Epigenetic diseases are those that are influenced by a variety of non-genetic factors such as geographic location, personal habits, and other environmental factors. For example, an individual does not necessarily lose their ability to hear simply because of their age, but rather due to a variety or combination of other factors in their life such as frequent attendance at rock concerts or years of working around heavy machinery. Aging also often takes all of the stereotypical blame for wrinkles and grey hair when the true culprits such as UV exposure and a variety of genetic factors actually play major roles in these physical changes.

Dr. Kagan also explained how ageism, the stereotyping of individuals based on their age, is the same as any other form of discrimination. Not every senior becomes frail, experiences memory loss or needs a caregiver but society often forgets that. However, it is not only the younger generations that are guilty of this. Self-stereotyping is a huge issue as well. Older individuals need to stray away from the “I’m too old for that” mindset. After all, an individual’s aging experience is significantly influenced by how they think about it.


With that said, Dr. Kagam shared that for the most part, the aging community is actually a generally happy on despite the “old and grumpy” stereotype. She explained it as a “U-shaped curve.” Our level of happiness is very high at a young age, decreases around midlife, and increases again as we enter the “last half” of our lives. This level of happiness tends to be higher in those who maintain healthy social relationships, and at a population level, those with closer relationships tend to live longer.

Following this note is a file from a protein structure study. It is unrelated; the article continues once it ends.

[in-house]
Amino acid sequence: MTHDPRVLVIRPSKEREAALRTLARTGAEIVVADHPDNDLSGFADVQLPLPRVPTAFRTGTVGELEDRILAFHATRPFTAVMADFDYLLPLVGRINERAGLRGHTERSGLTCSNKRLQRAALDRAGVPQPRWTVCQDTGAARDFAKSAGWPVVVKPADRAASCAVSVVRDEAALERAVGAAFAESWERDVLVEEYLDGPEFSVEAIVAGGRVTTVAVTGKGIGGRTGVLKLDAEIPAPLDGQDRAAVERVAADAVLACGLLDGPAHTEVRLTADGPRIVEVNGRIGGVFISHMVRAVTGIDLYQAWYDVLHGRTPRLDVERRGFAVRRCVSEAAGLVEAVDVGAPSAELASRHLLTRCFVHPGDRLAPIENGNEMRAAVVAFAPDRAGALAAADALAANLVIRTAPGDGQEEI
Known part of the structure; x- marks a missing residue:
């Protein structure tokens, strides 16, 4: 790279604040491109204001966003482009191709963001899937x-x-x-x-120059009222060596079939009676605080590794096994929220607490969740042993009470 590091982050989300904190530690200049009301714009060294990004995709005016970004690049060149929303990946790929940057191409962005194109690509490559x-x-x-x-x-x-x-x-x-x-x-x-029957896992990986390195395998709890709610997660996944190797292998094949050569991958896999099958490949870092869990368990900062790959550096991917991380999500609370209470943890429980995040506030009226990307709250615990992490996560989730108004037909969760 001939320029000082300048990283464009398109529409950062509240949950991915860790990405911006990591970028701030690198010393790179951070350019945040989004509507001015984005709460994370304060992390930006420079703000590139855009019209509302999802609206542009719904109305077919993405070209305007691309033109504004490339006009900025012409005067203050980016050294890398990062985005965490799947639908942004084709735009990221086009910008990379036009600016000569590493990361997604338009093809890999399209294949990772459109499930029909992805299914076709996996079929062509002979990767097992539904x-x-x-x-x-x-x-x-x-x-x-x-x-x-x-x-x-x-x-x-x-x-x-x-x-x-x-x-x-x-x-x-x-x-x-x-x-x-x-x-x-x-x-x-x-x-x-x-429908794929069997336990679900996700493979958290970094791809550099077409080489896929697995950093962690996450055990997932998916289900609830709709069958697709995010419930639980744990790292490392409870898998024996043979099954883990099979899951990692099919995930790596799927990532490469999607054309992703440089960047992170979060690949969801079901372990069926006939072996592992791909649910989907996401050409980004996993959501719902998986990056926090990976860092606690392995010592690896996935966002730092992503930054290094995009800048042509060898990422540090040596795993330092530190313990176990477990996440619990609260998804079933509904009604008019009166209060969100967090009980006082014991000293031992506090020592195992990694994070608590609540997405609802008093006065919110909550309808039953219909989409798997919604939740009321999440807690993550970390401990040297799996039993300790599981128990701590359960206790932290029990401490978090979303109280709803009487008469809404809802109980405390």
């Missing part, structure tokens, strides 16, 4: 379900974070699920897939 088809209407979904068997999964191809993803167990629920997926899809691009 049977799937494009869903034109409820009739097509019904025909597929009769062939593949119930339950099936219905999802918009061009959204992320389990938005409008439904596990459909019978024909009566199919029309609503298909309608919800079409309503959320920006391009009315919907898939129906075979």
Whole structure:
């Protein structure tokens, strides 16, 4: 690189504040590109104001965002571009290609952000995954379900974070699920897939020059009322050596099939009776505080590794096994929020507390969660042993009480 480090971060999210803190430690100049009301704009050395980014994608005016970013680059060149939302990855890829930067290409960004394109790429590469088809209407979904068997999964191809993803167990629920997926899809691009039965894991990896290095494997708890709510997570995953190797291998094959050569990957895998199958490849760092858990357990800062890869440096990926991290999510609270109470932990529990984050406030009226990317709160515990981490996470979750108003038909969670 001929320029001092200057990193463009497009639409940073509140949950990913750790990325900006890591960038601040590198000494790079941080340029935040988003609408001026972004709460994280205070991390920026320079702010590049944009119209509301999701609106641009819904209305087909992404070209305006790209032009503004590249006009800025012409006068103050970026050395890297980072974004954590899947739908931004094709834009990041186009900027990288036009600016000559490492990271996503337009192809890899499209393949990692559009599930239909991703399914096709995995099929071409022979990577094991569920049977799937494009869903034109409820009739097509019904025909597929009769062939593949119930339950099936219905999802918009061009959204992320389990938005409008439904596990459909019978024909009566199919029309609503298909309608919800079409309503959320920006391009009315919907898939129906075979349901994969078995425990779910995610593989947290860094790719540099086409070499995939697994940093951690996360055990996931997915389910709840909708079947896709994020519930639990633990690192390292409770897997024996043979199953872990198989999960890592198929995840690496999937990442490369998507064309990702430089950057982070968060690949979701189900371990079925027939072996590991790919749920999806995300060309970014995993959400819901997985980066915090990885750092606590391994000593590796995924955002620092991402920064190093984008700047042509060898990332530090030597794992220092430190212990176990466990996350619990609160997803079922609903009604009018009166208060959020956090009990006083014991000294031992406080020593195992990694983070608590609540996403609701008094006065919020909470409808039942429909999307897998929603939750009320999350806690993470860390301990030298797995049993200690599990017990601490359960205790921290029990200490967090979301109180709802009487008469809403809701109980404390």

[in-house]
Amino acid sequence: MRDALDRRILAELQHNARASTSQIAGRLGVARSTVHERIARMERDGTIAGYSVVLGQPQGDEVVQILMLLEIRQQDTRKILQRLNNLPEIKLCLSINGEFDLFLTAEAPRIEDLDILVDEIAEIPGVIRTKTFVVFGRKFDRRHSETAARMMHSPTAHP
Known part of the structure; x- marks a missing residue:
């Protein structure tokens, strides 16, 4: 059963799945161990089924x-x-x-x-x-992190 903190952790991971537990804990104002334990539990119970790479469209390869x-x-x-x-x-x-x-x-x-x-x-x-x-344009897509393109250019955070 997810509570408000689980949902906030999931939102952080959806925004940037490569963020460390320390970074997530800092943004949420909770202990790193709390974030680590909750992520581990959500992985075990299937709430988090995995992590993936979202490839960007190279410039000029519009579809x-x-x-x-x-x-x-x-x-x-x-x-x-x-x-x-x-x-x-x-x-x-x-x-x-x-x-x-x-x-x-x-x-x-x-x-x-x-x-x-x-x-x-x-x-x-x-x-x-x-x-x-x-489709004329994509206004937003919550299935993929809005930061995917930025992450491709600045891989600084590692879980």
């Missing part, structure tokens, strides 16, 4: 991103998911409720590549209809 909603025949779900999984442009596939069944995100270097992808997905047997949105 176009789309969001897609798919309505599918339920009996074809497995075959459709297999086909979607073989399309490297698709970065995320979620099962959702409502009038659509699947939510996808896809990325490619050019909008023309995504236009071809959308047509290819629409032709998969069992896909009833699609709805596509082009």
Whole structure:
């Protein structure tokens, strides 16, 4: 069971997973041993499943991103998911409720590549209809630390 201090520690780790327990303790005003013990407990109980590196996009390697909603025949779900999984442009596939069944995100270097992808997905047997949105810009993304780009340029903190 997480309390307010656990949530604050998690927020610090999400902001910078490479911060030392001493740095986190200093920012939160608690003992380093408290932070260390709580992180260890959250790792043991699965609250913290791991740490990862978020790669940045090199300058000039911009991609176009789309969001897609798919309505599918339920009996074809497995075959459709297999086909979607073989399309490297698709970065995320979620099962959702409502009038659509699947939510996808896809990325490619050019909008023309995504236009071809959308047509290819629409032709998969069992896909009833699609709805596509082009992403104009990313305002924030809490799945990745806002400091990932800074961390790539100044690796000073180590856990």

Find more information on Dr. Kagan here.

Follow Dr. Kagan on Twitter here.


2014 Vincent J. Cristofalo Annual Lectureship ft. Alfred L. Goldberg, PhD

GoldbergCircleOn Wednesday, February 4, 2015, the Institute on Aging hosted its 2014 Vincent J. Cristofalo Annual Lectureship (originally scheduled for December 11, 2014). This year’s keynote speaker was Alfred L. Goldberg, PhD, professor of Cell Biology, Harvard Medical School. During his lecture on “New Insights into Proteasome Function: From Destroying Misfolded Proteins to Disease Therapy,” Dr. Goldberg discussed his lab’s new advances in the elimination of damaged proteins that cause Alzheimer’s disease and other dementias, as well as the new developments that suggest new approaches to treating such diseases.

The lectureship began with a tribute to Dr. Vincent J. Cristofalo, a pioneer in aging research and the founder of the Center for the Study of Aging (now the IOA) at the University of Pennsylvania, by Robert J. Pignolo, MD, PhD, associate profess of medicine, Division of Geriatric Medicine, Hospital of the University of Pennsylvania and the Presbyterian Medical Center of Philadelphia. Immediately following the lecture and Q&A session, guests were invited to stay and enjoy light refreshments at the lectureship’s reception.


“This annual tribute to Vincent J. Cristofalo is to acknowledge in perpetuity his contributions to aging research, his critical scientific thinking, as well as his commitment to mentees, colleagues, friends, and family.” – Robert J. Pignolo, MD, PhD

View more photos from the event here.

Learn more about the IOA’s Vincent J. Cristofalo Annual Lectureship here.